Attorney: Justin Nematzadeh
Pomerantz Monitor July/August 2016
Federal courts have exclusive jurisdiction over claims alleging violations of the Securities Exchange Act, such as securities fraud. But in some cases the same conduct can violate both the federal securities laws and state laws; and in some of those cases investors may choose, for a variety of tactical reasons, to bring their claims in state court, under state law only. Naturally, defendants look for ways to fight back. In class action cases, Congress passed a law a few years ago that effectively federalizes all state law cases challenging conduct that could have been pleaded as securities laws violations, whether investors pleaded federal claims or not. But that leaves open the question of when and whether claims brought by individual investors can proceed in state court.
In a case involving Merrill Lynch, the United States Supreme Court recently answered that question. It held that a state law case does not have to be brought in federal court just because defendants’ alleged conduct could also be a violation of the Securities Exchange Act.
In that case, former shareholders of Escala Group, Inc. sued Merrill Lynch and several other financial institutions for manipulating the price of Escala stock through “naked short sales” of its stock. In a typical short sale, the seller borrows stock from a broker, sells it to a buyer on the open market, and later purchases the same number of shares to return to the broker. The short seller pockets the potential stock price decline between the time of selling the borrowed shares and buying the replacement shares to pay back the broker’s loan.
But in a naked short sale, the seller has not borrowed the stock that he is selling short. In market manipulation cases, for example, defendants typically flood the market with a large number of sell orders, but it may not be possible to borrow enough shares to cover all these transactions. In those cases, the short seller may not be able to deliver the sold shares to the buyer when the transaction is scheduled to close. Naked short selling can drive down a company’s stock price, injuring investors. SEC regulations aim to curb market manipulation by prohibiting short sellers from intentionally failing to deliver securities.
In the Merrill Lynch case, plaintiffs sued defendants in New Jersey state court for naked short selling under several New Jersey statutes and common law causes of action. Although not alleging violations of the federal securities laws, the complaint catalogued past accusations against defendants for flouting securities regulations, couching the naked short-selling description in terms suggesting that defendants had again violated this regulation.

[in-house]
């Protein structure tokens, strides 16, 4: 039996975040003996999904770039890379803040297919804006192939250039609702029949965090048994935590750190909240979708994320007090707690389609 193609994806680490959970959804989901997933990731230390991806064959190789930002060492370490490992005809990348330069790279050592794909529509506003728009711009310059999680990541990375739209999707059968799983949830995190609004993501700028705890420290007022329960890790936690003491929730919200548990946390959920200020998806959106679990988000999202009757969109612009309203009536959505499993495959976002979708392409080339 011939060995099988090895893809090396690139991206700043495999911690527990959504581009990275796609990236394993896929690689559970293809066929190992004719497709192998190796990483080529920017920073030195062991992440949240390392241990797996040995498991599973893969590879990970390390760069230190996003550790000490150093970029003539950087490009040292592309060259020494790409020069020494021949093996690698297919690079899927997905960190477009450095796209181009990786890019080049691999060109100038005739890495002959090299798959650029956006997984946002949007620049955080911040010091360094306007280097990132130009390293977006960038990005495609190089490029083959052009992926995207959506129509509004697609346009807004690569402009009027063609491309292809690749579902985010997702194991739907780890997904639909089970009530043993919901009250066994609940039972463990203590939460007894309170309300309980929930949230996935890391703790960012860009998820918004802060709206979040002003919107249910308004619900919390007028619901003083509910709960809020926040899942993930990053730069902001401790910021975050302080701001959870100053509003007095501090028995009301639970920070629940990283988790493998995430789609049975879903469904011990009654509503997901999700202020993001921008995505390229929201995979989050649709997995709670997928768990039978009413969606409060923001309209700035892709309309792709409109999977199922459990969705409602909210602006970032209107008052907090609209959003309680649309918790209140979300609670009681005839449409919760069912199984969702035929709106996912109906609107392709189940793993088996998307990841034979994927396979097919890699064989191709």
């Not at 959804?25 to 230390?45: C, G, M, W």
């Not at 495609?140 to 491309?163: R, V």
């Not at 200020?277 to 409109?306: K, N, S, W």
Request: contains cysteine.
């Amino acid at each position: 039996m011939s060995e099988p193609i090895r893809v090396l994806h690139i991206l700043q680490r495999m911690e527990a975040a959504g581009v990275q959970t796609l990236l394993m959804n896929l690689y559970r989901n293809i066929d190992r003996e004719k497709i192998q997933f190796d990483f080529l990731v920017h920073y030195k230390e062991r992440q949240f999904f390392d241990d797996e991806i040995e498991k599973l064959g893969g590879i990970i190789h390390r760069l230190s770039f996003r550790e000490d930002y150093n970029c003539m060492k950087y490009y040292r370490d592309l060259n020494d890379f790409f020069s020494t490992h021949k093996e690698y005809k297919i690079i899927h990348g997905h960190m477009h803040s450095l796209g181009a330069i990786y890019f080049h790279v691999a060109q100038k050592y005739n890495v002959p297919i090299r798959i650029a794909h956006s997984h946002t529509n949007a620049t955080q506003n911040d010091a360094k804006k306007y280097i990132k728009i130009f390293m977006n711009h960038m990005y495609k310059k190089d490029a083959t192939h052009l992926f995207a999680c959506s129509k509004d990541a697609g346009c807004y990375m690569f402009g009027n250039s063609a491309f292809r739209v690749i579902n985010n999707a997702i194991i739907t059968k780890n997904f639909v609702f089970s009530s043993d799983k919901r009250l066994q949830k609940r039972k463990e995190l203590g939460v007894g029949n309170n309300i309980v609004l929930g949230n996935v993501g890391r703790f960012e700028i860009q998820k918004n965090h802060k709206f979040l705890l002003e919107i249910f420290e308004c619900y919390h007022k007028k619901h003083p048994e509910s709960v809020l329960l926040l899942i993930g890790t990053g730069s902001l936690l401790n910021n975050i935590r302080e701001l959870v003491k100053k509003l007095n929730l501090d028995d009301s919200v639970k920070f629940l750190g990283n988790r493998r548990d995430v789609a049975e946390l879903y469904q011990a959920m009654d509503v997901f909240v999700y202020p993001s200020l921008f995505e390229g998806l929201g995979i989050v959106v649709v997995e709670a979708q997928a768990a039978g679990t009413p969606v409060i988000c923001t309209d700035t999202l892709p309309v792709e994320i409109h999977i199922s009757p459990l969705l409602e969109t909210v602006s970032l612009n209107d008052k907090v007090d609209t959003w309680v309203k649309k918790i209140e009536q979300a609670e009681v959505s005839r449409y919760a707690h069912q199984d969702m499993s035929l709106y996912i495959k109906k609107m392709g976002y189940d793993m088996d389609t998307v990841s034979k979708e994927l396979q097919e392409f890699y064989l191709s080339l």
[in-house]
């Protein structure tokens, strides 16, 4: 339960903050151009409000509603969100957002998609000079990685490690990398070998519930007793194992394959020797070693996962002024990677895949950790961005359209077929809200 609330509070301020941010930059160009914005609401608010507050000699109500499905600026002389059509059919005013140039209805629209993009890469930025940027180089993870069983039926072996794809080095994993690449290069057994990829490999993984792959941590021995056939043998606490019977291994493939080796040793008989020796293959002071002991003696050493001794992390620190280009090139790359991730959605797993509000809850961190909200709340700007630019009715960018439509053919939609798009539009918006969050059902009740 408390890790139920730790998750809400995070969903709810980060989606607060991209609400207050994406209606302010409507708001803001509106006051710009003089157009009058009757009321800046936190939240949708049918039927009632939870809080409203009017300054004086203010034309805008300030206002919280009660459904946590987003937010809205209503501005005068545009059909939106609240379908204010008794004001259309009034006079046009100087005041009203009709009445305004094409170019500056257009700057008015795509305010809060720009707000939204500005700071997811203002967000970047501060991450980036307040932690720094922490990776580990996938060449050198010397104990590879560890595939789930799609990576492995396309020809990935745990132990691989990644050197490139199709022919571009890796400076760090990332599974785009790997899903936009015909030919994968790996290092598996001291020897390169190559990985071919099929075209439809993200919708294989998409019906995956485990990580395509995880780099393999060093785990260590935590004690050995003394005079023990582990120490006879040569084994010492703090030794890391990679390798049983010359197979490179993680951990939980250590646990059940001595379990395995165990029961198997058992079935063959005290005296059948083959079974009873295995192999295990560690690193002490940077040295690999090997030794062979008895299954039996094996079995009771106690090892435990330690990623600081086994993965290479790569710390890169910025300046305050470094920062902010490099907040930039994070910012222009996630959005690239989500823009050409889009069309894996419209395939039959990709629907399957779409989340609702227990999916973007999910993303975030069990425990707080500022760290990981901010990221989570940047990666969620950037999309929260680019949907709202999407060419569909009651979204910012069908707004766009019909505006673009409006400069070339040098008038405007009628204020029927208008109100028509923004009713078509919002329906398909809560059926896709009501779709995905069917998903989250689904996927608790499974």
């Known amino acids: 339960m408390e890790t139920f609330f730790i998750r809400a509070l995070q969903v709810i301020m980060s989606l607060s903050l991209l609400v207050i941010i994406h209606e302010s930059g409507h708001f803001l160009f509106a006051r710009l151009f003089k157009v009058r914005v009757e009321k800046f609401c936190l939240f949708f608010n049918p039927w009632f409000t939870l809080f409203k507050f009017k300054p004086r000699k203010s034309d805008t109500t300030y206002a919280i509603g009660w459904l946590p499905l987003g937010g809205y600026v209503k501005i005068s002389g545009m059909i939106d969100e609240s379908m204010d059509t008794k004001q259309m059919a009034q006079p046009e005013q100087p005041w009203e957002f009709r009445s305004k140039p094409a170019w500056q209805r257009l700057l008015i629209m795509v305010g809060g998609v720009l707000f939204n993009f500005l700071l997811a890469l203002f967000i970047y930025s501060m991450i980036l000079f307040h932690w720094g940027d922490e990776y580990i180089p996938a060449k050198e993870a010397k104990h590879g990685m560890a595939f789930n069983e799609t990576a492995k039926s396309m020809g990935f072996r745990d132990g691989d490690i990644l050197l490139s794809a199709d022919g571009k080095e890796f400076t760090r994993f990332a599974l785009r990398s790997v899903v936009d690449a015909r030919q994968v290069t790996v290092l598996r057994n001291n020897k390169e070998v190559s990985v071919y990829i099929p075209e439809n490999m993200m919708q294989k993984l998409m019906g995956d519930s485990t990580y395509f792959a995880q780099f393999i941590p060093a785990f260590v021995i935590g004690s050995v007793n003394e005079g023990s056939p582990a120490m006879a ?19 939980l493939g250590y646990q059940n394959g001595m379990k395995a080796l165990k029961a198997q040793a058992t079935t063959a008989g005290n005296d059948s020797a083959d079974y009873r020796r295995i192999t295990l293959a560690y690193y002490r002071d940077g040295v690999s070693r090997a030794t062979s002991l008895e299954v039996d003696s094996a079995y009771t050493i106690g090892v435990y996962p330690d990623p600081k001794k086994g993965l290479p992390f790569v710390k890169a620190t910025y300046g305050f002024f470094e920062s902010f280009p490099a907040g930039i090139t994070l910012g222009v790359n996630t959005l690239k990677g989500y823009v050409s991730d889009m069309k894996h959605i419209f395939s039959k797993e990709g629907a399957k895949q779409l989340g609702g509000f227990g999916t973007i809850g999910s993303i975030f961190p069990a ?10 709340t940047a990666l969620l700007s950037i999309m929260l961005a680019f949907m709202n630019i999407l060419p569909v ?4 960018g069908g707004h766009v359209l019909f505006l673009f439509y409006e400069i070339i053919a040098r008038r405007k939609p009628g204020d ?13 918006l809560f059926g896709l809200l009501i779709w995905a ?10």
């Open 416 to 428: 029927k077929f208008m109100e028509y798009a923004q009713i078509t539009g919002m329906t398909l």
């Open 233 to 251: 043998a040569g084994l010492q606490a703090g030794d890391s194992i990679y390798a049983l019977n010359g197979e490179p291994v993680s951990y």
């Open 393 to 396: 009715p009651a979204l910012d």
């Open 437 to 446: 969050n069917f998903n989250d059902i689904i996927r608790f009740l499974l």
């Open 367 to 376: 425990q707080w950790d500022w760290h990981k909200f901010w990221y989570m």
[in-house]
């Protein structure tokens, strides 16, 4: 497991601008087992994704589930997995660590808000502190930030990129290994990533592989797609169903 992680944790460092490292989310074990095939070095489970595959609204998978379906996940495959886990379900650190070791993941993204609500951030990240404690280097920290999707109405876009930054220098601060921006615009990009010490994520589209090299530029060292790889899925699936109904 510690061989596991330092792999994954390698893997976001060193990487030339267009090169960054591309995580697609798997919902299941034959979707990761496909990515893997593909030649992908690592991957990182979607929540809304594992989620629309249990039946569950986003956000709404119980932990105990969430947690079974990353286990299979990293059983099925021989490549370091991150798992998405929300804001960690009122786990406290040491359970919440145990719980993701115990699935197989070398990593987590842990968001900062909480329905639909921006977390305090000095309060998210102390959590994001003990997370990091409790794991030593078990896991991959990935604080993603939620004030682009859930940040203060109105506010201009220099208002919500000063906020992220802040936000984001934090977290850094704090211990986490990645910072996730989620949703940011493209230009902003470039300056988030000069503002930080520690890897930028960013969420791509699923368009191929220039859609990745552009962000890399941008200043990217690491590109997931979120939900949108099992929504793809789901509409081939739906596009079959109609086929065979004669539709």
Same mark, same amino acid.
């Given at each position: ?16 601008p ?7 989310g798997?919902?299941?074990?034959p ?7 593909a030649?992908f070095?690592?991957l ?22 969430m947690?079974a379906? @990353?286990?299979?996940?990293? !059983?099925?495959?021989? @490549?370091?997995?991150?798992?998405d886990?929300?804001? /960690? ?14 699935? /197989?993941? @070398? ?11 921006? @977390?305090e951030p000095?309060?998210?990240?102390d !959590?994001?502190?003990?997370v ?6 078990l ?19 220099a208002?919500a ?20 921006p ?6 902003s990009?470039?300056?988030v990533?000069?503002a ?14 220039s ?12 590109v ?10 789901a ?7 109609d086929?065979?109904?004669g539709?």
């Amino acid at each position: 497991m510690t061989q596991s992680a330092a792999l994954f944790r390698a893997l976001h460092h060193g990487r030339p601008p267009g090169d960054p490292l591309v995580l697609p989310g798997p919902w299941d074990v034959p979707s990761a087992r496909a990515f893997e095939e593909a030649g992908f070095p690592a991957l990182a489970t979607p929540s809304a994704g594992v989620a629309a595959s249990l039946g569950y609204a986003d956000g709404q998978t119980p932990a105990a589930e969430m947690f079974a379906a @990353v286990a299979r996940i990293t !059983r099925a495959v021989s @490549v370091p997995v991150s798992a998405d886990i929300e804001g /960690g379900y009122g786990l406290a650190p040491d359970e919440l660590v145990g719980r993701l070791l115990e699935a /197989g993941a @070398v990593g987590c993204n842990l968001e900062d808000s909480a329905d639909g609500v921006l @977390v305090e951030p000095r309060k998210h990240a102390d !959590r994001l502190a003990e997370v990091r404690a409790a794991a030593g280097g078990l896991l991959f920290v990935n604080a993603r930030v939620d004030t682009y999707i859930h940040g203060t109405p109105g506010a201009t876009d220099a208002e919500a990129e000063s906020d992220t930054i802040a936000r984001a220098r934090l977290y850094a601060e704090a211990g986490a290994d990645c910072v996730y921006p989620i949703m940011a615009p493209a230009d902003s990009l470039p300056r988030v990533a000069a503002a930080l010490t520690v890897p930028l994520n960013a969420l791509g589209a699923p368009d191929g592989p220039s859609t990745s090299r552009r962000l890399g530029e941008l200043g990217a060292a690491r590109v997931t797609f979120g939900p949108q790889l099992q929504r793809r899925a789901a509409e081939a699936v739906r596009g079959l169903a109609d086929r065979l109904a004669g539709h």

Defendants attempted to remove the case to federal court, plaintiffs objected, and the ensuing struggle played out all the way to the Supreme Court. There defendants argued that plaintiffs had explicitly or implicitly asserted that defendants had breached an Exchange Act duty, so the suit was “brought to enforce” that duty and gave federal court exclusive jurisdiction. Under this argument, the case would have remained in federal court even if plaintiffs had sought relief only under state law and could have prevailed without proving a breach of an Exchange Act duty. Plaintiffs countered by arguing that a suit is “brought to enforce” the Exchange Act’s duties only if the asserted causes of action were created by the Exchange Act, which was not the case here.
The Supreme Court adopted a middle ground, ultimately siding with plaintiffs and remanding the suit to state court. Adopting a “natural reading” of the exclusive jurisdiction provision, the Court held that it did not apply just because a complaint mentions a duty established by the Exchange Act. The Supreme Court held that exclusive federal jurisdiction applied only when a complaint (i) directly asserted an Exchange Act cause of action or (ii) asserted a state law cause of action that would require the plaintiff to demonstrate that defendants breached an Exchange Act duty. Plaintiffs’ suit would have fallen under the compass of the second prong of this interpretation if the New Jersey statutes made illegal “any violation of the Exchange Act involving naked short selling.”
Noting respect for state courts, the Supreme Court stated that its decisions reflected a “deeply felt and traditional reluctance . . . to expand the jurisdiction of federal courts through a broad reading of jurisdictional statutes.” Deference to state courts was stronger here to limit Section 27 of the Exchange Act’s mandated—rather than permitted— federal jurisdiction, depriving state courts of all ability to adjudicate claims. The Supreme Court stated that Congress likely contemplated that some complaints intermingling state and federal questions would be brought in state court by specifically affirming the capacity of state courts to adjudicate state law securities actions. Moreover, the exclusive jurisdiction provision does nothing to prevent state courts from resolving Exchange Act questions resulting from defenses or counterclaims.
After Merrill Lynch investors can avail themselves of the additional weapon of state court in suing for market manipulation by asserting causes of action under state laws that do not necessitate a showing of a federal-law breach. In doing so, they can even allege defendants’ federal-law violations for similar conduct.